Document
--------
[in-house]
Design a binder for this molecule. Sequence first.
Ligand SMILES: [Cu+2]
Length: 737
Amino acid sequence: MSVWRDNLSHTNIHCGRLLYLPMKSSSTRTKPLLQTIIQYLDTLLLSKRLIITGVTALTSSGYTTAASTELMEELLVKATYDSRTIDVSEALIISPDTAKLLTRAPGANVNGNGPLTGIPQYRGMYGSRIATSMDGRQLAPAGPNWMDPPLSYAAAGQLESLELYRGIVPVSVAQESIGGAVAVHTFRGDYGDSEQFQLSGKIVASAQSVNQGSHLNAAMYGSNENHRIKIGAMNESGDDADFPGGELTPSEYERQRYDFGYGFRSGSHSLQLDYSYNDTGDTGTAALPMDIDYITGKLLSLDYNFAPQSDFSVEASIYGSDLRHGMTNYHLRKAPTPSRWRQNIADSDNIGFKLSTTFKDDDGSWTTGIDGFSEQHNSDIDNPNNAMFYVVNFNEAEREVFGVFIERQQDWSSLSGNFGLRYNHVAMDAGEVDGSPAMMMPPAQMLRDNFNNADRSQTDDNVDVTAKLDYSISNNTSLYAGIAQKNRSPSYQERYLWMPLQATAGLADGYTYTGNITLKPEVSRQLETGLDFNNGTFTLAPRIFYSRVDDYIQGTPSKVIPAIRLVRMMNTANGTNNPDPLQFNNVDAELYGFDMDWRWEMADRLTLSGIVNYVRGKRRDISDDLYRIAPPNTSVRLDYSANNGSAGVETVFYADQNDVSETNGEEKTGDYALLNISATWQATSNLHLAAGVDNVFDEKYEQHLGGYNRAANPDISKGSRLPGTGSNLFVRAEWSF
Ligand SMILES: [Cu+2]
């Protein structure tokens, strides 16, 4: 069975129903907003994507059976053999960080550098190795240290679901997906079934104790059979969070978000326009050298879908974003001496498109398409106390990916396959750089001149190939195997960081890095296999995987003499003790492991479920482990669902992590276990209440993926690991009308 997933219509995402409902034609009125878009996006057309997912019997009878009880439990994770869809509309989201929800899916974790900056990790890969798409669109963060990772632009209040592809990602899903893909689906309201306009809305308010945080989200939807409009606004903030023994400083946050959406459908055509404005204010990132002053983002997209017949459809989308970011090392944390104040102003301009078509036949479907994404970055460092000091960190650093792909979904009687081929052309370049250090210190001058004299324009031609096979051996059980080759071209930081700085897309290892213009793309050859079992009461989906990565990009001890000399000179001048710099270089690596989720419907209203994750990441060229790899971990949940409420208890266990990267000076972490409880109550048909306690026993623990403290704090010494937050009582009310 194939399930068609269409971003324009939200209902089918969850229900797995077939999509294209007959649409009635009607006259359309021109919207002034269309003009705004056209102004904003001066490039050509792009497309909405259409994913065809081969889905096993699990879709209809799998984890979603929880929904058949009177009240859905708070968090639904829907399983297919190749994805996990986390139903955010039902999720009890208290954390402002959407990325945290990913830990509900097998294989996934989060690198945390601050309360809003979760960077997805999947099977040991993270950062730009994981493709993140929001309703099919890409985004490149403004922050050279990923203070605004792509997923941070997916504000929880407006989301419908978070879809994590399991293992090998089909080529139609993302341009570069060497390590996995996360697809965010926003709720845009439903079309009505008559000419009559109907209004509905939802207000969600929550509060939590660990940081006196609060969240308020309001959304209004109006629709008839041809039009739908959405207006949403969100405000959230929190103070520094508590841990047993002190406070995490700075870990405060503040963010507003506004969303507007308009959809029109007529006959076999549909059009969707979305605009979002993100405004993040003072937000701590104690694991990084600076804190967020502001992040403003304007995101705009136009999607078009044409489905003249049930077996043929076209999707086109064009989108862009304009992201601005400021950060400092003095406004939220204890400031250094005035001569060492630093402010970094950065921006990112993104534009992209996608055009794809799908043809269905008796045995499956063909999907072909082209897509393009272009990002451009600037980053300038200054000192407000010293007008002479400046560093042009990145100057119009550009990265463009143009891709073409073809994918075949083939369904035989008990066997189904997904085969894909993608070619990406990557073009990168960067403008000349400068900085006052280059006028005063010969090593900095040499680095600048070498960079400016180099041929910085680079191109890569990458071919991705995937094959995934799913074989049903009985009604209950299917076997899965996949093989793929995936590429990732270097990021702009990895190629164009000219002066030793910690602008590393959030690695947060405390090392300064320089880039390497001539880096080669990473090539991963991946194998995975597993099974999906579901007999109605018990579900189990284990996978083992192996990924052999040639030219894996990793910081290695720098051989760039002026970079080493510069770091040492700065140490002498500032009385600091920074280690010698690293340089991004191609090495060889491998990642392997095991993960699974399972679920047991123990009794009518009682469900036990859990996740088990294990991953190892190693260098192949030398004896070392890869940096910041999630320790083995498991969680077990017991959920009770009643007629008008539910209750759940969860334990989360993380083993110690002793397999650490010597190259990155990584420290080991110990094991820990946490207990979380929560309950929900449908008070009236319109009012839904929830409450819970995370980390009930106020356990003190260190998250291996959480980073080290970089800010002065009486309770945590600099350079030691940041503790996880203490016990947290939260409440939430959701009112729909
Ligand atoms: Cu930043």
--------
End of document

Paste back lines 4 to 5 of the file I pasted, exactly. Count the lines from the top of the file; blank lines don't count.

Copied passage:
Length: 737
Amino acid sequence: MSVWRDNLSHTNIHCGRLLYLPMKSSSTRTKPLLQTIIQYLDTLLLSKRLIITGVTALTSSGYTTAASTELMEELLVKATYDSRTIDVSEALIISPDTAKLLTRAPGANVNGNGPLTGIPQYRGMYGSRIATSMDGRQLAPAGPNWMDPPLSYAAAGQLESLELYRGIVPVSVAQESIGGAVAVHTFRGDYGDSEQFQLSGKIVASAQSVNQGSHLNAAMYGSNENHRIKIGAMNESGDDADFPGGELTPSEYERQRYDFGYGFRSGSHSLQLDYSYNDTGDTGTAALPMDIDYITGKLLSLDYNFAPQSDFSVEASIYGSDLRHGMTNYHLRKAPTPSRWRQNIADSDNIGFKLSTTFKDDDGSWTTGIDGFSEQHNSDIDNPNNAMFYVVNFNEAEREVFGVFIERQQDWSSLSGNFGLRYNHVAMDAGEVDGSPAMMMPPAQMLRDNFNNADRSQTDDNVDVTAKLDYSISNNTSLYAGIAQKNRSPSYQERYLWMPLQATAGLADGYTYTGNITLKPEVSRQLETGLDFNNGTFTLAPRIFYSRVDDYIQGTPSKVIPAIRLVRMMNTANGTNNPDPLQFNNVDAELYGFDMDWRWEMADRLTLSGIVNYVRGKRRDISDDLYRIAPPNTSVRLDYSANNGSAGVETVFYADQNDVSETNGEEKTGDYALLNISATWQATSNLHLAAGVDNVFDEKYEQHLGGYNRAANPDISKGSRLPGTGSNLFVRAEWSF